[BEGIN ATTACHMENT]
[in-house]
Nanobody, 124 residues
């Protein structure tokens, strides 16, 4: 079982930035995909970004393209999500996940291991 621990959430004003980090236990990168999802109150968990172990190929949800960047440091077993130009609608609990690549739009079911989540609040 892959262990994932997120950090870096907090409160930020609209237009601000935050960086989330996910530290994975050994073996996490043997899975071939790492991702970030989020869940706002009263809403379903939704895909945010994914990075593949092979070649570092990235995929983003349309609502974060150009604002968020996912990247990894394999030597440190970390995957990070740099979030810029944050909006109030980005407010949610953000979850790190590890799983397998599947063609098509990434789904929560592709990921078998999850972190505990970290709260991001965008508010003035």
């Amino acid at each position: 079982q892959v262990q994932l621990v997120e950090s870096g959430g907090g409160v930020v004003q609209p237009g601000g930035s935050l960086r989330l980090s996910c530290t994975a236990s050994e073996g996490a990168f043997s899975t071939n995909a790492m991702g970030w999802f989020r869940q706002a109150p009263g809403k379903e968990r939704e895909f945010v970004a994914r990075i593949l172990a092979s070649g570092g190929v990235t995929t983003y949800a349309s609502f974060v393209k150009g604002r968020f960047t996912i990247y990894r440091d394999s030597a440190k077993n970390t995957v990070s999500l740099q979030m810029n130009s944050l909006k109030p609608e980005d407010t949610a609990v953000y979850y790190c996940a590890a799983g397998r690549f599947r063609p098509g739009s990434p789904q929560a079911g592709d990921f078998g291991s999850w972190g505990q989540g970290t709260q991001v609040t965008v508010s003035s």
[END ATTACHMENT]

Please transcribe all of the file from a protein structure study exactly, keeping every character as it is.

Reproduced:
[in-house]
Nanobody, 124 residues
């Protein structure tokens, strides 16, 4: 079982930035995909970004393209999500996940291991 621990959430004003980090236990990168999802109150968990172990190929949800960047440091077993130009609608609990690549739009079911989540609040 892959262990994932997120950090870096907090409160930020609209237009601000935050960086989330996910530290994975050994073996996490043997899975071939790492991702970030989020869940706002009263809403379903939704895909945010994914990075593949092979070649570092990235995929983003349309609502974060150009604002968020996912990247990894394999030597440190970390995957990070740099979030810029944050909006109030980005407010949610953000979850790190590890799983397998599947063609098509990434789904929560592709990921078998999850972190505990970290709260991001965008508010003035």
């Amino acid at each position: 079982q892959v262990q994932l621990v997120e950090s870096g959430g907090g409160v930020v004003q609209p237009g601000g930035s935050l960086r989330l980090s996910c530290t994975a236990s050994e073996g996490a990168f043997s899975t071939n995909a790492m991702g970030w999802f989020r869940q706002a109150p009263g809403k379903e968990r939704e895909f945010v970004a994914r990075i593949l172990a092979s070649g570092g190929v990235t995929t983003y949800a349309s609502f974060v393209k150009g604002r968020f960047t996912i990247y990894r440091d394999s030597a440190k077993n970390t995957v990070s999500l740099q979030m810029n130009s944050l909006k109030p609608e980005d407010t949610a609990v953000y979850y790190c996940a590890a799983g397998r690549f599947r063609p098509g739009s990434p789904q929560a079911g592709d990921f078998g291991s999850w972190g505990q989540g970290t709260q991001v609040t965008v508010s003035s």